Cogment Fundamentals Guide


Welcome to the Cogment Fundamentals guide. It contains information that is pertinent to both the high-level SDK and the low-level API.

Core Concepts


A deployed Cogment project is tasked with running trials. Each trial is populated with its own actors that observe and interact with the trial's environment.

As a trial runs, a few things happen:

  • Actors choose and take actions based on their observation of the environment.
  • The environment updates itself based on the actions taken by the actors and generates updated observations.
  • Multiple Feedbacks for the actors are generated either by the environment or other actors.
  • Actors asynchronously receive reward information based on received feedbacks.
  • A datalog of the observation/action/reward is produced and stored.

A trial begins at the request of a frontend application and finishes when either the frontend application ends it, when a predefined amount of time has elapsed (either in real time, or number of updates), or if the trial does not see any activity for an extended period of time.

Actors and actor classes

Each actor within a trial is defined primarily by what information it receives from the environment (its observation space), and what actions it can perform (its action space).

Two cogment actors that share the same observation space and action space are said to belong to the same actor class.

An actor is controlled either by an agent, or by a human. Whichever the case, the same process of generating actions based on observations remains the same, and they are treated as the same by the environment.

The cogment.yaml

At the heart of every Cogment project is a yaml file typically called cogment.yaml. Its primary role is to define the actor classes present within the project, including their nature and number participating in each trial.


A deployed Cogment project consists of a cluster of service applications. These are composed of service applications provided by the cogment framework itself (depicted below in blue) and those implemented by the project (depicted below in orange) either by employing the cogment SDK or by directly implementing the underlying protocol.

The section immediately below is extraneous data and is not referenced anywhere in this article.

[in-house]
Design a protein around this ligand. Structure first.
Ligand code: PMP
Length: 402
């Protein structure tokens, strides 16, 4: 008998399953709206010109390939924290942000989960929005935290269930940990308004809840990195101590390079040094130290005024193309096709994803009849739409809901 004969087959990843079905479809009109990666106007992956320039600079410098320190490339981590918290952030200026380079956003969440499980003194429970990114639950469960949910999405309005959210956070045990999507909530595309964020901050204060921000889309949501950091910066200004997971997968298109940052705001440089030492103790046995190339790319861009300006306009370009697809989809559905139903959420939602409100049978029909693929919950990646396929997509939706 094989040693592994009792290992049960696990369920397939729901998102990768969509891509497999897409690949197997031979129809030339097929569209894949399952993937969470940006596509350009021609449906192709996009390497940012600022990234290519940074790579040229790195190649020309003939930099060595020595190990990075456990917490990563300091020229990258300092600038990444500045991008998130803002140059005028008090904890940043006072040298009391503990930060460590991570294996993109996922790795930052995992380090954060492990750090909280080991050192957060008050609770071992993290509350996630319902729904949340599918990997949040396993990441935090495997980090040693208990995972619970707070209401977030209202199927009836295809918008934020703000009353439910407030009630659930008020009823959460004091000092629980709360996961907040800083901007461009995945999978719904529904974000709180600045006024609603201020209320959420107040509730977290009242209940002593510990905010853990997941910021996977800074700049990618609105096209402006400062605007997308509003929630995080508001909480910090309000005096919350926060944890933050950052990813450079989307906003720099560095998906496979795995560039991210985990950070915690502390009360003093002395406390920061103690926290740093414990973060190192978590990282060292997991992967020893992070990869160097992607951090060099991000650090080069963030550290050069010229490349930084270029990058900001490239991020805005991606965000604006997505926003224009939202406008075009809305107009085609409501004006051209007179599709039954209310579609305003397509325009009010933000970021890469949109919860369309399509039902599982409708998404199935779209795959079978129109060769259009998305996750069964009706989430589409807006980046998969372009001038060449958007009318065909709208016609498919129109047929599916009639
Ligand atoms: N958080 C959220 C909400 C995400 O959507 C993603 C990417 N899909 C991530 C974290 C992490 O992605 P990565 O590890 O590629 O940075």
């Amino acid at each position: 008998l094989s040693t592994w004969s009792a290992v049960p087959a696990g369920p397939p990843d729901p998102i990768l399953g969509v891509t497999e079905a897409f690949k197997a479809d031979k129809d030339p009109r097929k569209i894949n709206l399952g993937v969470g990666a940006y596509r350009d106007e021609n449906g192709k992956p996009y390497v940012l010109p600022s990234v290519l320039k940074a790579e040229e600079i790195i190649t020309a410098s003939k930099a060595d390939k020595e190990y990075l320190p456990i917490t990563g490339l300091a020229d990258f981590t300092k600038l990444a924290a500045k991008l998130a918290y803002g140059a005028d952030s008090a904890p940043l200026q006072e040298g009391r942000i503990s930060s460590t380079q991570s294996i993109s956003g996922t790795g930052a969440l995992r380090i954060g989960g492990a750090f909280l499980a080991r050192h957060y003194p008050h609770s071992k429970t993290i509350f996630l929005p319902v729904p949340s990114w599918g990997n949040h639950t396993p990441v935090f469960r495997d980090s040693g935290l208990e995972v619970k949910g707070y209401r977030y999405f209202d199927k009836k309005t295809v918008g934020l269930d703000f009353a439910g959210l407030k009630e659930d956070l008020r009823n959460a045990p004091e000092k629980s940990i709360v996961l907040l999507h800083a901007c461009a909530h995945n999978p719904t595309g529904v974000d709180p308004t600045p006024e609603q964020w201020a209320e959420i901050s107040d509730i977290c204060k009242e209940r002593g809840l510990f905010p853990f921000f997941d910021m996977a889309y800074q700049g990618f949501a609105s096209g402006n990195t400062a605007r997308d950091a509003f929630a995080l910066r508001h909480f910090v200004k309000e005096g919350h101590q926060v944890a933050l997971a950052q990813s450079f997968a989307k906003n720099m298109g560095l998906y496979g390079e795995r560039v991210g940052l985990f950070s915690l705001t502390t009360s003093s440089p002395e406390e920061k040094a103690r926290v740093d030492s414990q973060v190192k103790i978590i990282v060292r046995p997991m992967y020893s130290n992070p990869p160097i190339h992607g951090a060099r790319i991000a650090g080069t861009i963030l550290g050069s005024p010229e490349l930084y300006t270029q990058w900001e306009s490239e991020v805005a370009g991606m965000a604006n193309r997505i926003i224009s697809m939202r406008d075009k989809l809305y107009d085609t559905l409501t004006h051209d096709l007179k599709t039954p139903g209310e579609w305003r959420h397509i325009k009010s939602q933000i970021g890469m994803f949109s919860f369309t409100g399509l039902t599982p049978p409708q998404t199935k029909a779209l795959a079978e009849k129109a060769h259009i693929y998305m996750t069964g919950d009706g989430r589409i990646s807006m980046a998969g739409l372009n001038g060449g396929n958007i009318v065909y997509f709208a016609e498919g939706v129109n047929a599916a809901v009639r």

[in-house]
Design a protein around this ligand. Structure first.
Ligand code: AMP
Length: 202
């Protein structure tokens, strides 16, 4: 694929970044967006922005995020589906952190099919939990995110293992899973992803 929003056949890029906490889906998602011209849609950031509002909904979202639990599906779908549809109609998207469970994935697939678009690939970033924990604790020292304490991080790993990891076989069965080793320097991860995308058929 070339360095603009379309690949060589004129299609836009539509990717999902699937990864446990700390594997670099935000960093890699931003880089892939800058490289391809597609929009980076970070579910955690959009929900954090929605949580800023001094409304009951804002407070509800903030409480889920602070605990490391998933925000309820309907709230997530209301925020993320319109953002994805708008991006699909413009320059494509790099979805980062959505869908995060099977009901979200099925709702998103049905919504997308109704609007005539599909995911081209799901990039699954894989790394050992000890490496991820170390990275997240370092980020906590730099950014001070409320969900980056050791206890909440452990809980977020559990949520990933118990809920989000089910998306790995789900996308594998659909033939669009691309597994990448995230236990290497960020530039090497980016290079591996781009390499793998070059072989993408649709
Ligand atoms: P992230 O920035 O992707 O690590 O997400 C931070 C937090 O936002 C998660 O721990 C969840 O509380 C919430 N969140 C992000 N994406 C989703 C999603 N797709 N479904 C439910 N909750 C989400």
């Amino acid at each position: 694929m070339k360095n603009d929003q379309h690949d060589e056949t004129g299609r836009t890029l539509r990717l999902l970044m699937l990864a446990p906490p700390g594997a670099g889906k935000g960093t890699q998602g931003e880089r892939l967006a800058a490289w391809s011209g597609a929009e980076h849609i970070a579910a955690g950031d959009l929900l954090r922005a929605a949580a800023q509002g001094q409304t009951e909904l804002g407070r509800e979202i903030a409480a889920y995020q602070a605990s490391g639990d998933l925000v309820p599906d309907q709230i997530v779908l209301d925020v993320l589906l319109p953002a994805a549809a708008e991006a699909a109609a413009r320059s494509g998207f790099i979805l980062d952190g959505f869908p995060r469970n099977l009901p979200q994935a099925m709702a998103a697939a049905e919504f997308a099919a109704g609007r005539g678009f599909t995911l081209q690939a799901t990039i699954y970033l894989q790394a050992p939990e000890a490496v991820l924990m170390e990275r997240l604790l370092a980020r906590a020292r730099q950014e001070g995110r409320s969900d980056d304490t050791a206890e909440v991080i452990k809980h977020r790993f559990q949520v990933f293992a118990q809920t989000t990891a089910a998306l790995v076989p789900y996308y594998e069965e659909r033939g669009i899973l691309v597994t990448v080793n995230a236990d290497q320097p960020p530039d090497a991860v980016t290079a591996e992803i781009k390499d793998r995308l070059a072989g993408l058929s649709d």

Environment service

The environment service is responsible for creating and updating environments for each trial. It must provide three functions:

Start: Create the initial observation set for a trial.

Update: Create an updated observation set given the actions of all actors within the trial.

End: Cleanup any internal state related to a trial

Agent Service(s)

Start: Announce that an agent is requested for a trial.

Decide: Given an observation, choose an action.

Reward: Be notified about reward information associated with a previous decision.

N.B. Currently, live rewards are only sent for the previous time step. Retroactively updated rewards will still find their way into the datalog.

End: Cleanup any internal state related to a trial


The Orchestrator is the glue that binds everything together. From the perspective of a framework user, it can be considered as the live interpreter of the cogment.yaml configuration file. It is the service that client applications will connect to in order to start and run trials.


The Orchestrator is not capable of handling traffic from web browsers by itself. So client applications using the Javascript API in the browser must connect to a translation proxy. That's where envoy comes in. With a simple boilerplate configuration, it automatically translates the web-based protocol into the native version.

If a cogment project does not support web-based client applications, then the envoy proxy can be ommited from any deployment.